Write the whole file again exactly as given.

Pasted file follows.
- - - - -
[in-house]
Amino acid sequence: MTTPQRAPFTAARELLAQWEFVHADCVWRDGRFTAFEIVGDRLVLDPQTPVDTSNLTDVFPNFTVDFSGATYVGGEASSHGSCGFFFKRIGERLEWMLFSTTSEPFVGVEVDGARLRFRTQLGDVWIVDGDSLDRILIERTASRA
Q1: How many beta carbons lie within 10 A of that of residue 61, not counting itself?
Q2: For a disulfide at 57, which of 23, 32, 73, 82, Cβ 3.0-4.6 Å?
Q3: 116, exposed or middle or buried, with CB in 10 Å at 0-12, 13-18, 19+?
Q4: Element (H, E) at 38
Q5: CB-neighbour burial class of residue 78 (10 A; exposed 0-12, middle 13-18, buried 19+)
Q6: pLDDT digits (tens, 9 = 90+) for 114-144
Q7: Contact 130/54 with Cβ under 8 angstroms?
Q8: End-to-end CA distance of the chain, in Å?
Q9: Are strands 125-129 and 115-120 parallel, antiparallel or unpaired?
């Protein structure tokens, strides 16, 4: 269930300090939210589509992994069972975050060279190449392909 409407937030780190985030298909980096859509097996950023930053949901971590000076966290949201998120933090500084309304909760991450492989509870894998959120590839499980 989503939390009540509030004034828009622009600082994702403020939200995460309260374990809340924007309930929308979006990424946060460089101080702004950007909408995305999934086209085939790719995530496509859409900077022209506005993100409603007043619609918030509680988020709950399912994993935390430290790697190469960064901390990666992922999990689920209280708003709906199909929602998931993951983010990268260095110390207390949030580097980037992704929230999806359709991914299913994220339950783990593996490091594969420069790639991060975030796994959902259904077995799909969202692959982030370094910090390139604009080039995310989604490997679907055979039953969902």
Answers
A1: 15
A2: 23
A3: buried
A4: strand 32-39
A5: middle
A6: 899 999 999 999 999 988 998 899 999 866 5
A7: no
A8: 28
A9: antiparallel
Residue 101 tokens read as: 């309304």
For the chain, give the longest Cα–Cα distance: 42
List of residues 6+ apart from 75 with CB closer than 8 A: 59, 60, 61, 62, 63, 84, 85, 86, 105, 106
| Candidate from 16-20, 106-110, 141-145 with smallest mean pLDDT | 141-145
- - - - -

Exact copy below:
[in-house]
Amino acid sequence: MTTPQRAPFTAARELLAQWEFVHADCVWRDGRFTAFEIVGDRLVLDPQTPVDTSNLTDVFPNFTVDFSGATYVGGEASSHGSCGFFFKRIGERLEWMLFSTTSEPFVGVEVDGARLRFRTQLGDVWIVDGDSLDRILIERTASRA
Q1: How many beta carbons lie within 10 A of that of residue 61, not counting itself?
Q2: For a disulfide at 57, which of 23, 32, 73, 82, Cβ 3.0-4.6 Å?
Q3: 116, exposed or middle or buried, with CB in 10 Å at 0-12, 13-18, 19+?
Q4: Element (H, E) at 38
Q5: CB-neighbour burial class of residue 78 (10 A; exposed 0-12, middle 13-18, buried 19+)
Q6: pLDDT digits (tens, 9 = 90+) for 114-144
Q7: Contact 130/54 with Cβ under 8 angstroms?
Q8: End-to-end CA distance of the chain, in Å?
Q9: Are strands 125-129 and 115-120 parallel, antiparallel or unpaired?
């Protein structure tokens, strides 16, 4: 269930300090939210589509992994069972975050060279190449392909 409407937030780190985030298909980096859509097996950023930053949901971590000076966290949201998120933090500084309304909760991450492989509870894998959120590839499980 989503939390009540509030004034828009622009600082994702403020939200995460309260374990809340924007309930929308979006990424946060460089101080702004950007909408995305999934086209085939790719995530496509859409900077022209506005993100409603007043619609918030509680988020709950399912994993935390430290790697190469960064901390990666992922999990689920209280708003709906199909929602998931993951983010990268260095110390207390949030580097980037992704929230999806359709991914299913994220339950783990593996490091594969420069790639991060975030796994959902259904077995799909969202692959982030370094910090390139604009080039995310989604490997679907055979039953969902």
Answers
A1: 15
A2: 23
A3: buried
A4: strand 32-39
A5: middle
A6: 899 999 999 999 999 988 998 899 999 866 5
A7: no
A8: 28
A9: antiparallel
Residue 101 tokens read as: 């309304």
For the chain, give the longest Cα–Cα distance: 42
List of residues 6+ apart from 75 with CB closer than 8 A: 59, 60, 61, 62, 63, 84, 85, 86, 105, 106
| Candidate from 16-20, 106-110, 141-145 with smallest mean pLDDT | 141-145